Reflecting on climate-neutrality ambitions in Europe in times of Covid-19

Change language
Article Published 20 Mar 2020 Last modified 11 May 2021
5 min read
Photo: © Nathan Dumlao on Unsplash
European countries are taking drastic measures to limit the impacts of Covid-19 on Europeans’ health and the economy. Such crises tend to have immediate and severe impacts on entire populations and the economy. Considering its potential to affect key economic sectors, the coronavirus crisis is expected to reduce some of the impacts of economic activities on the environment and climate. Yet, major and abrupt shocks with an extremely high cost to society are not at all how the European Union has committed to transform its economy and achieve climate neutrality by 2050. The European Green Deal and the recently proposed European Climate Law call instead for irreversible and gradual reductions in emissions, while ensuring a just transition, supporting those affected.

Minimising the impacts of the current public health crisis

Europe, like the rest of the world, is facing an unprecedented public health crisis, quickly spreading across the continent. News channels report regular updates on the number of people who are affected and lost their lives. European and national authorities have been implementing drastic measures to limit and slow down the spread of Covid-19. Restrictions on travelling, commuting and social gatherings are severely impacting several key economic sectors. Many flights are cancelled, and schools, restaurants and borders are closing. The term ‘lock-down’ captures the new reality in many European countries. And unfortunately, we are already seeing a very high number of casualties.

The first and foremost priority is to minimise the impacts on Europeans’ health and ensure the best possible provision of health services to those affected, followed by ensuring well-being, including jobs and livelihoods. 

Emission reductions and abrupt shocks like Covid-19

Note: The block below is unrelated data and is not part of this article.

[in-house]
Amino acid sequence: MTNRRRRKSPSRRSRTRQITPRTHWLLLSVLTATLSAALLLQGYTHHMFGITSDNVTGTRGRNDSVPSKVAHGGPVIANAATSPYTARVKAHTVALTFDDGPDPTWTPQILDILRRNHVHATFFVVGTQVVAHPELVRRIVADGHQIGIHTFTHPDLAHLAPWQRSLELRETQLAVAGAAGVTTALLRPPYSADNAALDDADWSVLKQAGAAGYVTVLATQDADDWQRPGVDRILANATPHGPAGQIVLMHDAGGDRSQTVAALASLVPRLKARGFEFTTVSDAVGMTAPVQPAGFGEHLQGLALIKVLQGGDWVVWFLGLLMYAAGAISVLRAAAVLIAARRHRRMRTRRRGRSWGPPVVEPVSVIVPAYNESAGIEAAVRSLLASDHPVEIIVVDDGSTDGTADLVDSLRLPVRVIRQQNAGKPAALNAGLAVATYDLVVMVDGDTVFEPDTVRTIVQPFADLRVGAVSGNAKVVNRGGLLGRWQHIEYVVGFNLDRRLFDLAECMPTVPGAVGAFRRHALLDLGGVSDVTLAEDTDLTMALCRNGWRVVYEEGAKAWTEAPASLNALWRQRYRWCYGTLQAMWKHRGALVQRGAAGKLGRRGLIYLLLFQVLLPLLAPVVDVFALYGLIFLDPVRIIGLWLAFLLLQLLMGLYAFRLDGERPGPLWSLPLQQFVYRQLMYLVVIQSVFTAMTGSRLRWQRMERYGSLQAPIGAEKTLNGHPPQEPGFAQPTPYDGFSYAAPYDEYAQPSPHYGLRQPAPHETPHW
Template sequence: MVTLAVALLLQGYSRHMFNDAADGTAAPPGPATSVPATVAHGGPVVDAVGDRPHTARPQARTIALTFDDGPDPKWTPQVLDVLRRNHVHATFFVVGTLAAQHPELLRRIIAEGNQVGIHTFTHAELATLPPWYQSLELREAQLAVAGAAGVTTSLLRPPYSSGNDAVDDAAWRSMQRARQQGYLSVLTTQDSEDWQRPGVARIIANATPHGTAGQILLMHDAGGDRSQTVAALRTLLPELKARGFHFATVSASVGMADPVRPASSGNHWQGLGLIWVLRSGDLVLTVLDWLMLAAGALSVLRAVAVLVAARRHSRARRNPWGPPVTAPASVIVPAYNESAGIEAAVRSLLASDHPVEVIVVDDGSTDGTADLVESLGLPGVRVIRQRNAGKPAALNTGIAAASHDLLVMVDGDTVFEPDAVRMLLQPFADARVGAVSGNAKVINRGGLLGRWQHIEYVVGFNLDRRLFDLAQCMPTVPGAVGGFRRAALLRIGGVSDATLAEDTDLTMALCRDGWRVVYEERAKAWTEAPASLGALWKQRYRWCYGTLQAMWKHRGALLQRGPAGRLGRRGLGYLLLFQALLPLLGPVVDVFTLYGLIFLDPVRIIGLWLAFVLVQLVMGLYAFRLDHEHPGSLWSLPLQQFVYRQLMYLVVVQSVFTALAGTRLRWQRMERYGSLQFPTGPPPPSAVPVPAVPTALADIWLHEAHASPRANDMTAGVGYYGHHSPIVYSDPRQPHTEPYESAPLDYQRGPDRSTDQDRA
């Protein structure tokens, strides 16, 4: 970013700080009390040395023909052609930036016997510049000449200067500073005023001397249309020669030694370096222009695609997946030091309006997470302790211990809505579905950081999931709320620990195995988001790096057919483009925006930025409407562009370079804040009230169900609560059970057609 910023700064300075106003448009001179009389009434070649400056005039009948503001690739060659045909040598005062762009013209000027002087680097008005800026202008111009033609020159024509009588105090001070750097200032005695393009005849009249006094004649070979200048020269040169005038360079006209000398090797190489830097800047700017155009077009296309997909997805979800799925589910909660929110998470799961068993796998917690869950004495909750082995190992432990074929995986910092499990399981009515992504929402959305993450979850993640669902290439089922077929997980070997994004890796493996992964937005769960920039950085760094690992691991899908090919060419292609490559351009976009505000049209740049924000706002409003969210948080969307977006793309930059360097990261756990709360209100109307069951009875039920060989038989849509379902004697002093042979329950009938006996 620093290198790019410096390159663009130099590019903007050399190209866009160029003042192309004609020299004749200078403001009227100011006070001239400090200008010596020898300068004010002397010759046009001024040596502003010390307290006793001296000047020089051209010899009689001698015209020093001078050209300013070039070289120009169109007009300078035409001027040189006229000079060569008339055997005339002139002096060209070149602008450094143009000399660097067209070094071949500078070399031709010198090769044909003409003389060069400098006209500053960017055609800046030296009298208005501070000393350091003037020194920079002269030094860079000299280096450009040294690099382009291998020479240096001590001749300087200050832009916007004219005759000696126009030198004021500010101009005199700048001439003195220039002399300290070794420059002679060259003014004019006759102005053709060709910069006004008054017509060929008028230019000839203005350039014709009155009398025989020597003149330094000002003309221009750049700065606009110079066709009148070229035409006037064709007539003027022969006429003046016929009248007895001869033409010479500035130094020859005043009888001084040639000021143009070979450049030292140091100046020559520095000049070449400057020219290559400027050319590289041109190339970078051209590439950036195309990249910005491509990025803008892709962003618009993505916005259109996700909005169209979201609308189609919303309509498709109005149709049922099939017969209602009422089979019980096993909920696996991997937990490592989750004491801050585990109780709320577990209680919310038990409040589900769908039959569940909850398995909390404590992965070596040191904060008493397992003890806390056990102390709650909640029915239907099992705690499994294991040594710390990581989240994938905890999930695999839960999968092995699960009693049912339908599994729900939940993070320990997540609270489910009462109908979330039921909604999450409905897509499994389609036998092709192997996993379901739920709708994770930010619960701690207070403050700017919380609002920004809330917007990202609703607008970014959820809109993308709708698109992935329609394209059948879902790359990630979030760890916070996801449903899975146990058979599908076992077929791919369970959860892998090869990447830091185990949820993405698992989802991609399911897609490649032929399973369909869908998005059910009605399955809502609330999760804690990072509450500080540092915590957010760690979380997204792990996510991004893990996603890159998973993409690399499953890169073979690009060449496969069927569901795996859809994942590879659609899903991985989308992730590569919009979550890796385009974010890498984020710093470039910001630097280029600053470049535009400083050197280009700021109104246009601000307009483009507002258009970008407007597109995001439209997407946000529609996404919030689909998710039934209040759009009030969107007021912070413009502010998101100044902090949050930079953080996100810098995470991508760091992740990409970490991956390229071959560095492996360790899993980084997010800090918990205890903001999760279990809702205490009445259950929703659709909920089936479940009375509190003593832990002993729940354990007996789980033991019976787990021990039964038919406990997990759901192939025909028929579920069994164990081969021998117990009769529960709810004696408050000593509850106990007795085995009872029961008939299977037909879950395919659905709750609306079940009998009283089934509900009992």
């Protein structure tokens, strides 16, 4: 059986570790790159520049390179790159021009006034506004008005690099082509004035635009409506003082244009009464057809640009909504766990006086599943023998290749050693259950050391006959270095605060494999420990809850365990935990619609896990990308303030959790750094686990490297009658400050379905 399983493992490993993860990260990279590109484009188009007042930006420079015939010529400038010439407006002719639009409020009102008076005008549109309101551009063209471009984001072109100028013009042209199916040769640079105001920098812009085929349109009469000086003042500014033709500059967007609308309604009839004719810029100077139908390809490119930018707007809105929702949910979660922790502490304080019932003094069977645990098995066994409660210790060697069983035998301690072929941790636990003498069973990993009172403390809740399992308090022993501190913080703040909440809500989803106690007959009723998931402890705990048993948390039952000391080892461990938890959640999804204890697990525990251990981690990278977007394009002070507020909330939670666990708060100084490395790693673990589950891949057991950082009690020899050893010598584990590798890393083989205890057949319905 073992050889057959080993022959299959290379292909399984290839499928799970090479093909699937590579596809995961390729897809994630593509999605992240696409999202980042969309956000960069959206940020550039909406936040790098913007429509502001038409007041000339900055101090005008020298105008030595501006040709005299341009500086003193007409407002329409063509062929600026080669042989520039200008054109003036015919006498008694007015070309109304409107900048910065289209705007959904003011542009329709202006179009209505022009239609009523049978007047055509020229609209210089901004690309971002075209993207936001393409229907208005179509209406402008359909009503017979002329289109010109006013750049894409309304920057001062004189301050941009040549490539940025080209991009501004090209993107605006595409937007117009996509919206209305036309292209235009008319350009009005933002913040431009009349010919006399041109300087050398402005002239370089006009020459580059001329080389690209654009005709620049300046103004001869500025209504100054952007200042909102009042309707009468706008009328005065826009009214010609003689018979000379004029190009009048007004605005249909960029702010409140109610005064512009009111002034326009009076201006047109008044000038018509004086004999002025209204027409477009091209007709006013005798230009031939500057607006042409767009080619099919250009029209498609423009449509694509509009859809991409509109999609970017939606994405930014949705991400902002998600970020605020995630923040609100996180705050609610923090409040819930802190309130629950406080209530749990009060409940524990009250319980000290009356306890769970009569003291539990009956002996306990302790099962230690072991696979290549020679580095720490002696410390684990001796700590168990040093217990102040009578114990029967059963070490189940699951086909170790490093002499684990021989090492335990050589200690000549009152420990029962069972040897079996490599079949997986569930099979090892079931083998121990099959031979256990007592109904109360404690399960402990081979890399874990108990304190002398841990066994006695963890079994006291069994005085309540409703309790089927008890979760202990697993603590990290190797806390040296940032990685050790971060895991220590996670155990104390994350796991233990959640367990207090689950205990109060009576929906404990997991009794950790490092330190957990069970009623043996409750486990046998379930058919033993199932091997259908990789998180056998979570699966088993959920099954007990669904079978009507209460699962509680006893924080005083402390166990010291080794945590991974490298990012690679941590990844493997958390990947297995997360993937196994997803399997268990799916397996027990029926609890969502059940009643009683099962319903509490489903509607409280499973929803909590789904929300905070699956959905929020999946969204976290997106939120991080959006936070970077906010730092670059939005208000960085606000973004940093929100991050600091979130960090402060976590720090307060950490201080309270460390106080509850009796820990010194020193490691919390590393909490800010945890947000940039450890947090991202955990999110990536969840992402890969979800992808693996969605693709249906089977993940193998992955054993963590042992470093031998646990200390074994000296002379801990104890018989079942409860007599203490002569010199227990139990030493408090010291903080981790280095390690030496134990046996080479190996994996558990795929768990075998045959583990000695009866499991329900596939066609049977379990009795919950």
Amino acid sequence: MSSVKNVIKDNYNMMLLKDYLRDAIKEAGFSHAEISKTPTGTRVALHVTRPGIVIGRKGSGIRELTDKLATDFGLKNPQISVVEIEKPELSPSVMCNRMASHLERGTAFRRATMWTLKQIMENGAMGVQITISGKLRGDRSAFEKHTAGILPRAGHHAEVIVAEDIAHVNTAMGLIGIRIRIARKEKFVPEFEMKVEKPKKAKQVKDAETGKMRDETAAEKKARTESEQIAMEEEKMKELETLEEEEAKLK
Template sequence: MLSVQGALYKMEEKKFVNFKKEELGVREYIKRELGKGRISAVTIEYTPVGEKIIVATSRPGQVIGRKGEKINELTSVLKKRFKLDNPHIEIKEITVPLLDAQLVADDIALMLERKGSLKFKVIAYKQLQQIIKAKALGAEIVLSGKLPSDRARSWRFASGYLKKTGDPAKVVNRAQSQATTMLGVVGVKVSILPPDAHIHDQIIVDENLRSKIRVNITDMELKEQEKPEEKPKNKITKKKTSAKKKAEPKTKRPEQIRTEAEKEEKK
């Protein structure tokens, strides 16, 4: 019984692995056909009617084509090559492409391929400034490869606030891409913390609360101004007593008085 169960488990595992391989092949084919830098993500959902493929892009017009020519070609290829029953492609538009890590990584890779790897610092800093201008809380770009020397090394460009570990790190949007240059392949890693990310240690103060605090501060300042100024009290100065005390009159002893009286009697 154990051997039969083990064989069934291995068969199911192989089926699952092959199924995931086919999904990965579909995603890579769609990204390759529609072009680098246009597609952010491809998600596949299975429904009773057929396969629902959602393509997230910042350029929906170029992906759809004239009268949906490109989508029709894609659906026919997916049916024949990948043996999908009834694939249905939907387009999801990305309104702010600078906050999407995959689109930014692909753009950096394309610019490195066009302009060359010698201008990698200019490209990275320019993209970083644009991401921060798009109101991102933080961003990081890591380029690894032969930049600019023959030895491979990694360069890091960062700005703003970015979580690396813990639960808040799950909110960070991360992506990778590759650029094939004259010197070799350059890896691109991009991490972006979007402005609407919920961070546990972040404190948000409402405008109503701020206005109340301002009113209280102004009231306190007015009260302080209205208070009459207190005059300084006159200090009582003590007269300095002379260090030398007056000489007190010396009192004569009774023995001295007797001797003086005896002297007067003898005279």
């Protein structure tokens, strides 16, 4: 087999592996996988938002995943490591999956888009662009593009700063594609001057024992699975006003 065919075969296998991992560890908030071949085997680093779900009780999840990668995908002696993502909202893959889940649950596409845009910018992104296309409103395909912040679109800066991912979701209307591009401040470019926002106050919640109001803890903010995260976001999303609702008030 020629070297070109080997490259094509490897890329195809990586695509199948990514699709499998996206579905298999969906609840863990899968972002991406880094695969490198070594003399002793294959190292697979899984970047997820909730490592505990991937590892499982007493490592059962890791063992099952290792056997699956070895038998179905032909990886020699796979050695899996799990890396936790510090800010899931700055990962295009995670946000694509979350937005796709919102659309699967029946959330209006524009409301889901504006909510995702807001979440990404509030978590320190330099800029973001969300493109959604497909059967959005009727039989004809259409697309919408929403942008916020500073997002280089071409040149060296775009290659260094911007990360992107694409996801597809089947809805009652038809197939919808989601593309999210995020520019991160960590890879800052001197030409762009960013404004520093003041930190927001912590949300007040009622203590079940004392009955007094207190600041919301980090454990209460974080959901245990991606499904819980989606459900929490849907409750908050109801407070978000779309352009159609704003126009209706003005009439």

In this difficult period, the EEA has been asked on many occasions about the impact of Covid-19 measures on the EU’s greenhouse gas emissions. One of the unintended outcomes of such abrupt socio-economic shocks may be extra reductions in greenhouse gas emissions. Other outcomes, such as temporary reductions in air pollution, have also been observed in some parts of China and Europe (e.g. during the ‘lockdown’ period in northern Italy)

Long-term exposure to air pollution has been known to contribute to chronic lung and heart conditions. Despite potential short-term improvements in air quality in some areas due to coronavirus-related measures, people with such pre-existing conditions who have had long-term exposure to air pollution may become even more vulnerable during this period. 

In many of our reports, we have underlined the link between the economic performance of some sectors and environmental impacts. This current crisis is expected to have a strong effect on production and consumption patterns, such as reducing demand on mobility, including international aviation and daily commuting by private cars. However, to have a clearer understanding of the extent, the duration, as well as some expected and unexpected effects, we need to analyse the data in various domains after we get out of the crisis. The EEA is planning to assess these links and will share the results of such analysis in due course. 

However, without a fundamental transformation of our production and consumption systems, any emission reduction triggered by such economic crises is likely to be short-lived and come at an extremely high cost to society. Europe aims to achieve climate neutrality through gradual and irreversible emission reductions and by setting long-term objectives to build a resilient economy and a resilient society, and not through disruptive shocks. This current crisis shows why we also need the transition to be a just one, offering new opportunities and support to those most affected.

Climate neutrality goal to be binding by EU law